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Mountain Journal

Environment, news, culture from the Australian Alps

(early) happy New Year

I’m planning to be on my usual mountain, with the usual suspects, to see off the year, hence this slightly early bit of New Year greetings.

Thanks for coming along for the ride. Mountain Journal taps into at least a decent part of the mountain loving community here in Australia, and seems to fill the need for info about – and appreciation of – the mountains we love so much.

Its easy to despair about the state of the world. We will have our hands full in 2017, with lots to do. But in the meantime I hope you’re having a great summer, that you’re out in the hills, and that you have an excellent new year.

Alps blueprint proposes major cull of horses

Recently the Victorian government released a ‘blueprint’ plan for the national parks in the Alps, which aims to guide management over the next 15 years.

The plan identifies eight priorities for urgent action, one of which is feral horse control.

Peter Hunt from The Weekly Times has looked into one aspect of the plan which will cause concern among groups who have campaigned against shooting feral horses. However, the environmental impacts of wild horses are well documented and numbers of these animals needs to be radically reduced.

Continue reading “Alps blueprint proposes major cull of horses”

The Bright Mountain Film tour

The Bright Mountain Film tour is on after Christmas, starting at the Bright Community Centre on December 28. It features outdoor adventure films from around the world, including mountain bike riding, extreme paddling, climbing, horse riding and para gliding.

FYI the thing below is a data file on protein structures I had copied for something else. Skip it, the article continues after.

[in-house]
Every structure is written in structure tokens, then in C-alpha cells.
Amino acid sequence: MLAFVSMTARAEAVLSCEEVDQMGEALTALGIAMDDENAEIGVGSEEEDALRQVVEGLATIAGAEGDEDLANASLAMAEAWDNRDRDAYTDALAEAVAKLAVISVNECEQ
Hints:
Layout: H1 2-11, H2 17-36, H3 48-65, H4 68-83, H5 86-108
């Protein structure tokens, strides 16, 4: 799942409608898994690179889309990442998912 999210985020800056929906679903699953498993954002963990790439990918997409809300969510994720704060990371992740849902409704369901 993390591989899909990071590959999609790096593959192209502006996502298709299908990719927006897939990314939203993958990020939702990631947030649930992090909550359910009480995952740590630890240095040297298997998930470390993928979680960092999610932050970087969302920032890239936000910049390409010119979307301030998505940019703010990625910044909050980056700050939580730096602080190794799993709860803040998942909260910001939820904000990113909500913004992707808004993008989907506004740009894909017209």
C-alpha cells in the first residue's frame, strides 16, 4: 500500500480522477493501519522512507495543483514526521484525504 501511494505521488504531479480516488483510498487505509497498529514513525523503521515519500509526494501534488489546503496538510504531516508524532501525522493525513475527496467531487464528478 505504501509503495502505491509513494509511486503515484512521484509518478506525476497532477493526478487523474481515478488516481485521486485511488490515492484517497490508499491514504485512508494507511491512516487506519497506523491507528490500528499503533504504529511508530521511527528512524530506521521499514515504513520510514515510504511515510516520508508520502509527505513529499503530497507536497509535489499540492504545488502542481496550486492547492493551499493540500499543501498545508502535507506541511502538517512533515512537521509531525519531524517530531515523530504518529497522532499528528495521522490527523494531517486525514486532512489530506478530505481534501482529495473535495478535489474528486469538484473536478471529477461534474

There are also shows in Myrtleford, Mt Beauty, Harrietville and finishing with a second show in Bright on Jan 6.

Full details here.

IFFA’s Alpine Adventure

The Indigenous Flora and Fauna Association (IFFA) is holding a field trip to the Bogong High Plains over summer.

This will be a great opportunity to learn from others and share your own knowledge and experience in a friendly and social environment. IFFA says “get to know a great bunch of folk with a common passion for our indigenous flora and fauna”.

January 26 – 29, 2017

The trip will be based at the Viking Alpine Lodge in Falls Creek.

Non members are welcome but will be asked to join if attending the trip.

You can find out details and book tickets here.

 

Climate change to make TAS fires more intense and more frequent.

Widespread wildfires in early 2016 caused huge damage across large areas of the Tasmanian World Heritage Area, including significant sections of vegetation which is not fire adapted.

Inquiries into the fires were held during 2016, with a senate inquiry recommending the creation of specialist remote area fire fighting capacity.